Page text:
Along those lines, in 2008, NPCA released a publication, The Little Green Book of Concrete: Precast Concrete for Sustainable Construction. A companion to its Little Book of Concrete, the 112-page Green Book provides engineers, architects, specifiers and environmentalists information on precast’s sustainable attributes.

Elaborating on ways that precasters are aided by NPCA membership, Lindsay-Brisbin notes, One significant benefit is the networking NPCA provides. I’m a relative newcomer to precasting, having been involved now about 15 years. What’s struck me is that even though many precasters compete against each other, they’re still NPCA members, and when we come together at NPCA, I’ve been impressed by the level of information sharing on technical matters, such as mix design and tricks of the trade. The networking that NPCA offers is unparalleled for a trade association.


The other way [NPCA assists members] is via trade shows that the association sponsors, Lindsay-Brisbin explains. This February, we are sponsoring the inaugural Precast Show, Feb. 20-22, in Houston.

Future Precast Shows are planned for Phoenix in 2010; Charlotte, N.C., in 2011; and, Orlando in 2012. American Concrete Pipe Association is a cosponsor of the Precast Show, and Concrete Products is a media partner of the event.

It will be a great trade show for producers, giving them an opportunity to meet a lot of associate members and suppliers, as well as see the latest equipment and technology, the chairman affirms. For myself, it will be an occasion to get out and see a lot of the materials, equipment and services available to my company, in one location, in a compact way. It also will allow me to educate my employees via the Precast University.

New at the Precast Show, Precast University represents an expansion of classic industry continuing education sessions often seen at trade shows. It will feature technical course curricula that start with a series of fundamental core classes at the initial level, where plant employees receive instruction in basic principles of quality precast production.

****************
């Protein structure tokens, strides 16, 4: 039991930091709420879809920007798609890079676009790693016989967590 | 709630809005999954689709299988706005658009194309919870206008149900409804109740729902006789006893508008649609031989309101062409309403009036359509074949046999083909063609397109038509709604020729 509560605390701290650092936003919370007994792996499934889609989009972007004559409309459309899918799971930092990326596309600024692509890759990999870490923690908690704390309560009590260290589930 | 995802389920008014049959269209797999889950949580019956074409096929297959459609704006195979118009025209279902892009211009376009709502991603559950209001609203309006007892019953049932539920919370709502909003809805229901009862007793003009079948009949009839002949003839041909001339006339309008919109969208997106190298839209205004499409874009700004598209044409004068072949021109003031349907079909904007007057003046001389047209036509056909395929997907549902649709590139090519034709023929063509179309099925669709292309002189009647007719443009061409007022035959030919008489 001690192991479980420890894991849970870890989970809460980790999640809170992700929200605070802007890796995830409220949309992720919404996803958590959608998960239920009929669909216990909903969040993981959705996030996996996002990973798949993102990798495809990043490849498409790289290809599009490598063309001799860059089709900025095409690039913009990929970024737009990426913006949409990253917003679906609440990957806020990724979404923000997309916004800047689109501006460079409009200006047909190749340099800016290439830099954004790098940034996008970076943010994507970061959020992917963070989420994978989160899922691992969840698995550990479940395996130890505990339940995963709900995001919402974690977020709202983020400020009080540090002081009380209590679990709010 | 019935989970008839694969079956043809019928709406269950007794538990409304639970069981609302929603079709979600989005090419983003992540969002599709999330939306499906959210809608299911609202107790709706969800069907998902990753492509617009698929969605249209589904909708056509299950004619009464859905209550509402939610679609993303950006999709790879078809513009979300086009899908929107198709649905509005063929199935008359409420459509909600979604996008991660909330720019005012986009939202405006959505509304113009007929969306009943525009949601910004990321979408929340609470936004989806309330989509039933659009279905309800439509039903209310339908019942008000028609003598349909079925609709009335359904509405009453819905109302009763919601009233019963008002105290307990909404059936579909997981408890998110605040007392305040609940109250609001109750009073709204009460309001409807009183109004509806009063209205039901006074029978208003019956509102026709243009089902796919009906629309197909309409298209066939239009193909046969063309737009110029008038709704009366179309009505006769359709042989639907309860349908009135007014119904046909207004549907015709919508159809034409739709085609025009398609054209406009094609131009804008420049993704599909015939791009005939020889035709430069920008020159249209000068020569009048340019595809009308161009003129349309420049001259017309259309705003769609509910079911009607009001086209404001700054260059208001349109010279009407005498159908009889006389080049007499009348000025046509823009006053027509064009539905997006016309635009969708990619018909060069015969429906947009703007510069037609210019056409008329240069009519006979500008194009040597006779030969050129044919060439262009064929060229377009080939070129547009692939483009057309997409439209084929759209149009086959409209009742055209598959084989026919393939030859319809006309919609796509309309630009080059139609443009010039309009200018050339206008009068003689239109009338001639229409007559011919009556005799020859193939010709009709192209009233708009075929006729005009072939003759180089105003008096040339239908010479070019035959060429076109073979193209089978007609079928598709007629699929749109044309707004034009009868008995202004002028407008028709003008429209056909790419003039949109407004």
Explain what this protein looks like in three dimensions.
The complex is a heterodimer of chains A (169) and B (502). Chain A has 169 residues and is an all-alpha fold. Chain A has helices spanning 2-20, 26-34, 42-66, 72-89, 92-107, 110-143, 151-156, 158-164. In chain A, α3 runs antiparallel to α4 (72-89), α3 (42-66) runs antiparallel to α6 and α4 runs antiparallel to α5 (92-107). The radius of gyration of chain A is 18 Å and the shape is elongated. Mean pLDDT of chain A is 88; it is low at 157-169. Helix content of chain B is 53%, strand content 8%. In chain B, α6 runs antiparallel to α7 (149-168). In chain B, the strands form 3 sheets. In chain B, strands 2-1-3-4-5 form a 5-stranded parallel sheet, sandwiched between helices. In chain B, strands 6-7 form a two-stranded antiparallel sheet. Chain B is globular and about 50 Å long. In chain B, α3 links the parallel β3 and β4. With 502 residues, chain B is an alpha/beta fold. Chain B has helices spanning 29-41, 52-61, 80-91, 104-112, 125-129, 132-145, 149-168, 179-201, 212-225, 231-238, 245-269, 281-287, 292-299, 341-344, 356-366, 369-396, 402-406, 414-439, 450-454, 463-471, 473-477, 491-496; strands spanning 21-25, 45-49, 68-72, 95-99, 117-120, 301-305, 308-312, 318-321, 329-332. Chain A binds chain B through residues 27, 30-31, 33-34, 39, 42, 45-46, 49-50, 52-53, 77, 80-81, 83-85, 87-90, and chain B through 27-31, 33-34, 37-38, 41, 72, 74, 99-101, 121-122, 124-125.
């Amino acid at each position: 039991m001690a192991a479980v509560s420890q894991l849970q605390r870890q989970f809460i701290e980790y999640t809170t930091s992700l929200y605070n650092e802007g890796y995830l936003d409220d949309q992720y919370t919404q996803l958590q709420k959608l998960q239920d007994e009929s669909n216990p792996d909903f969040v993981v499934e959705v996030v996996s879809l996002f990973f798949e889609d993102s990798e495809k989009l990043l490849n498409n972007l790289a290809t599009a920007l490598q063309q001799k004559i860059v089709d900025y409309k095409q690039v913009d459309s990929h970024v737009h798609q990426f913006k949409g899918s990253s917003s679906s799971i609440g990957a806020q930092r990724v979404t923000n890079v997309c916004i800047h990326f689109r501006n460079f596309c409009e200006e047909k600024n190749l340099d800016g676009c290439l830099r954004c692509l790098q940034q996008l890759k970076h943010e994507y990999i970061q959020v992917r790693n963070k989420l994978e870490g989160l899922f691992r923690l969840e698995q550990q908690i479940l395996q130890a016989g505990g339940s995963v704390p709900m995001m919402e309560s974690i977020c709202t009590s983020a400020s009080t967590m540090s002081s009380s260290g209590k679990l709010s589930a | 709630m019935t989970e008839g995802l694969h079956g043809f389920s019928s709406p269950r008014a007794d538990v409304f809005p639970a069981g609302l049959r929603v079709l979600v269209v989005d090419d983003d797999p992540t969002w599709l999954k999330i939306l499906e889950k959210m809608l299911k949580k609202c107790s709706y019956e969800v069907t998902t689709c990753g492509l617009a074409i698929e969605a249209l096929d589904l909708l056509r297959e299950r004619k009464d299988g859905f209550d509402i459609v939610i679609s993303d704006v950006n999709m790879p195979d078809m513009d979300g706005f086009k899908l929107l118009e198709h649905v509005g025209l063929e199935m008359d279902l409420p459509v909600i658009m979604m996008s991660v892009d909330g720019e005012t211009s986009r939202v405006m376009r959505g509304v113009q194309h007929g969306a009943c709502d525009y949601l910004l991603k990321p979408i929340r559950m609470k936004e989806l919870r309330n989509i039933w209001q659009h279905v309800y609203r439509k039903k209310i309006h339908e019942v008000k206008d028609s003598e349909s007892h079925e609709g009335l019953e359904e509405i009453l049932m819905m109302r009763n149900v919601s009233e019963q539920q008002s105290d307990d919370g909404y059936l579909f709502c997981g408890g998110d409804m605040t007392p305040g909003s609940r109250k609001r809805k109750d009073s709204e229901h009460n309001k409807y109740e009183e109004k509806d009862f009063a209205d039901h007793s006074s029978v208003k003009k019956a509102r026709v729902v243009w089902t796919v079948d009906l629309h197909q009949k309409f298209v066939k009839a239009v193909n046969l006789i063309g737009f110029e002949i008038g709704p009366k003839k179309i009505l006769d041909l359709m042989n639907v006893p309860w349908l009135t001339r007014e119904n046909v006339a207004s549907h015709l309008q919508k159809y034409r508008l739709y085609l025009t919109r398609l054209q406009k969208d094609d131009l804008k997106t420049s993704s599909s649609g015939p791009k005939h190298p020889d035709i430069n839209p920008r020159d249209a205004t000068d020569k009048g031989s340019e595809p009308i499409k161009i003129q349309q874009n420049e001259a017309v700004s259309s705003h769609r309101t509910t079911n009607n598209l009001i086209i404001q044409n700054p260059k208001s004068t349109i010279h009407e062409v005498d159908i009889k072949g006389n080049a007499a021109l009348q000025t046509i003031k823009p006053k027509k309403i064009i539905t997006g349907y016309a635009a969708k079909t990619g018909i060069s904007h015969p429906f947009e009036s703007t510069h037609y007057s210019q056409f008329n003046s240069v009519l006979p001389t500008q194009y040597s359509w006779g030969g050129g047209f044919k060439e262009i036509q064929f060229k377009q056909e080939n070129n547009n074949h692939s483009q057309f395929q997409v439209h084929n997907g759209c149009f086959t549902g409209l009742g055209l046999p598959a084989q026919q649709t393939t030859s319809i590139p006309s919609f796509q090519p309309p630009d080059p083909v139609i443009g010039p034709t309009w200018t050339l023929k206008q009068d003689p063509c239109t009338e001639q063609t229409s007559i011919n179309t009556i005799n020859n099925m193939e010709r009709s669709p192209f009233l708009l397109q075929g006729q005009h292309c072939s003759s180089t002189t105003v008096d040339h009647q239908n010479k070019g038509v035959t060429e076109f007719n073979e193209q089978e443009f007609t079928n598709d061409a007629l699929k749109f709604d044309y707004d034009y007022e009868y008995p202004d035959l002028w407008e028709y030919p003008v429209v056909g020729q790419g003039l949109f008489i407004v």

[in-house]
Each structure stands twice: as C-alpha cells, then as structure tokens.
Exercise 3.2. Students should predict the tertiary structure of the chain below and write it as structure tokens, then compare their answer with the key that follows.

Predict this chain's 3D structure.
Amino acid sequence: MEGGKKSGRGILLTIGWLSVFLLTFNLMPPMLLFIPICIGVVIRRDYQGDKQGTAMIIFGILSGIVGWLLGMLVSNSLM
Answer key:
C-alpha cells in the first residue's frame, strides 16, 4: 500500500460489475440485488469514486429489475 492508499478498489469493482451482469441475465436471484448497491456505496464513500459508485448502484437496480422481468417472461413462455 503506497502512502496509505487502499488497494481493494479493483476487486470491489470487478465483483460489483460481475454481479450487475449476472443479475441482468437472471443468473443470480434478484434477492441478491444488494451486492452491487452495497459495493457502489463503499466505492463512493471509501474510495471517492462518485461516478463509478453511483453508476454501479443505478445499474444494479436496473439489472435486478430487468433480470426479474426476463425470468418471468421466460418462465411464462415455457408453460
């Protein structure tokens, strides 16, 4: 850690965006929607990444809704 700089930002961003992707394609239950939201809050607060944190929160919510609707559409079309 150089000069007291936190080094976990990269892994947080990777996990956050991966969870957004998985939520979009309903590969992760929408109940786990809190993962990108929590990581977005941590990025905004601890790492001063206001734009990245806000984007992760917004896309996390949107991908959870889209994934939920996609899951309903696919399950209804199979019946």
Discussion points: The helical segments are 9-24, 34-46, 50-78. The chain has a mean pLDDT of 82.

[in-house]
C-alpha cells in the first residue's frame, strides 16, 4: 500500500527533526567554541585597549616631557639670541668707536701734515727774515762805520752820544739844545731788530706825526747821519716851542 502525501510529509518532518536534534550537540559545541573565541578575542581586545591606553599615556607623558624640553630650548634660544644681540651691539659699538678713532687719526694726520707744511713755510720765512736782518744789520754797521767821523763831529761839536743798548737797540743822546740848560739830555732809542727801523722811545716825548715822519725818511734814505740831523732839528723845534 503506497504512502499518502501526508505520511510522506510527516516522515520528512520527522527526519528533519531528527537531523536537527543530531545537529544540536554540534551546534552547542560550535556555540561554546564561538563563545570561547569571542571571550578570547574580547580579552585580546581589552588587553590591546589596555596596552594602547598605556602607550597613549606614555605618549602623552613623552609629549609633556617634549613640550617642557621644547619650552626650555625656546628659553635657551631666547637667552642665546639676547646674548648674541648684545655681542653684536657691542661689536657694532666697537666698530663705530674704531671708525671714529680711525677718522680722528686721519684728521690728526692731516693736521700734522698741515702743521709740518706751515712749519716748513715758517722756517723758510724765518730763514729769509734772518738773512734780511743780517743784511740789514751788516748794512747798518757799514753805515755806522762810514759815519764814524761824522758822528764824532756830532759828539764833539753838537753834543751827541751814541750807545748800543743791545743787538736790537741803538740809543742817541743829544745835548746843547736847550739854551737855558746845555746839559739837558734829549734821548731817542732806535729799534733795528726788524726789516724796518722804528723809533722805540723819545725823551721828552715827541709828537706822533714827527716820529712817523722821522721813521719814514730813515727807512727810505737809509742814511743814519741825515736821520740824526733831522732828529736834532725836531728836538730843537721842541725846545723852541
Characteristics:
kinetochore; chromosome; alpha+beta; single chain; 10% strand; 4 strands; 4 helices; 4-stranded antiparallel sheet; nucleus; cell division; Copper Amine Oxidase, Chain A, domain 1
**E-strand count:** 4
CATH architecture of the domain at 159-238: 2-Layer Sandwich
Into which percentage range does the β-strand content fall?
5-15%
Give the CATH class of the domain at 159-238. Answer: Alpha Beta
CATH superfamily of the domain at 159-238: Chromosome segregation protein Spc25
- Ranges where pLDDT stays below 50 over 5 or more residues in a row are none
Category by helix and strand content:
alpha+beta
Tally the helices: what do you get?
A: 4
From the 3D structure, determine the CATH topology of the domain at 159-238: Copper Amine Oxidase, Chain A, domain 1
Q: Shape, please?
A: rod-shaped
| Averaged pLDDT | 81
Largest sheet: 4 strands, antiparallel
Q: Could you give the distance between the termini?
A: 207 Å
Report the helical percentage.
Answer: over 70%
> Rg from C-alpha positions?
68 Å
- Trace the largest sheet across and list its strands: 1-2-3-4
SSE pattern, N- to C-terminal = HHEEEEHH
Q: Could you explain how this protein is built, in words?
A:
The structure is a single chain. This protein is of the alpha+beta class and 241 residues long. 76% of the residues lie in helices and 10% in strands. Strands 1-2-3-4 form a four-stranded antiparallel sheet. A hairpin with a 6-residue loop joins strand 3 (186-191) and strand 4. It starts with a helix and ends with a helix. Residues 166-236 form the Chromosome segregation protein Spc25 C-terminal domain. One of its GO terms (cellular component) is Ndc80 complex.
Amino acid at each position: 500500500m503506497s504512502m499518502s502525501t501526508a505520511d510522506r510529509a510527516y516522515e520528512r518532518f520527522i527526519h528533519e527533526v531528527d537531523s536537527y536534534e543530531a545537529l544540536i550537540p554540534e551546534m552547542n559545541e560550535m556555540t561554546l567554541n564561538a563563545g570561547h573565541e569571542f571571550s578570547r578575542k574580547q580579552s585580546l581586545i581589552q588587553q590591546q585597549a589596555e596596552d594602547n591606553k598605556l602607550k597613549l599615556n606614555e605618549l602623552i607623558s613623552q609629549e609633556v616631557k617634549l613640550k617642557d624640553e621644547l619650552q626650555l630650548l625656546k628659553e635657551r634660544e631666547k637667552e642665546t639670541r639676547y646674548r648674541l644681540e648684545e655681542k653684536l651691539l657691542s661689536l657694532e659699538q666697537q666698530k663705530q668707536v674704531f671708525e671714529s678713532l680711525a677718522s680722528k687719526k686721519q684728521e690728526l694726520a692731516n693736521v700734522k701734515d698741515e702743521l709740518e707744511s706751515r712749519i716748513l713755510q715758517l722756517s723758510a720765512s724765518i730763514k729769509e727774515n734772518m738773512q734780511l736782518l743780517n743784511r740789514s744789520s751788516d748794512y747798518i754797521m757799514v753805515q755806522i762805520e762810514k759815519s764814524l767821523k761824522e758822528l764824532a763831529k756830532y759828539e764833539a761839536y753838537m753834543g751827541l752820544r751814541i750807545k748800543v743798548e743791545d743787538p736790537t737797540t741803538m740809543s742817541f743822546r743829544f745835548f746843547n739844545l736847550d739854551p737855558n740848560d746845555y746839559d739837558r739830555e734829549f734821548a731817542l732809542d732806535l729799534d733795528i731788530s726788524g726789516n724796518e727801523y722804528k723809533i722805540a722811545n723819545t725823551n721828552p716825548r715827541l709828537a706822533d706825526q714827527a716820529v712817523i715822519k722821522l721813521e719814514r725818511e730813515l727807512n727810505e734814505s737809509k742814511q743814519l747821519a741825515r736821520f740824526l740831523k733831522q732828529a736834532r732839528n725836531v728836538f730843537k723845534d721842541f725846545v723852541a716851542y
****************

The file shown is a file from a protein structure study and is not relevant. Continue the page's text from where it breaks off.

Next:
Intermediate and advanced level coursework will follow, providing the option to specialize or even earn Master Precaster rank. The first new courses in the series will be unveiled during the Precast Show. Precast University creates a clear career path that enables employees to advance to higher technical levels and prepare for managerial positions, says Lindsay-Brisbin. In addition to Precast University coursework, the show also will offer expanded training opportunities in six tracks, including a new Sustainability series.

I’ve had a lot of my people go through various NPCA educational programs, Lindsay-Brisbin reports. It includes everything from executive and management levels to the guy on the production floor, who gets a good overview of precast concrete and learns why what he does every day is important: Why not to put oil on the steel, and why the mix must be just right, and how to do QC testing, and how it all fits in the big picture. Every year, I find people coming back to the plant, excited and energized with ideas they’ve learned.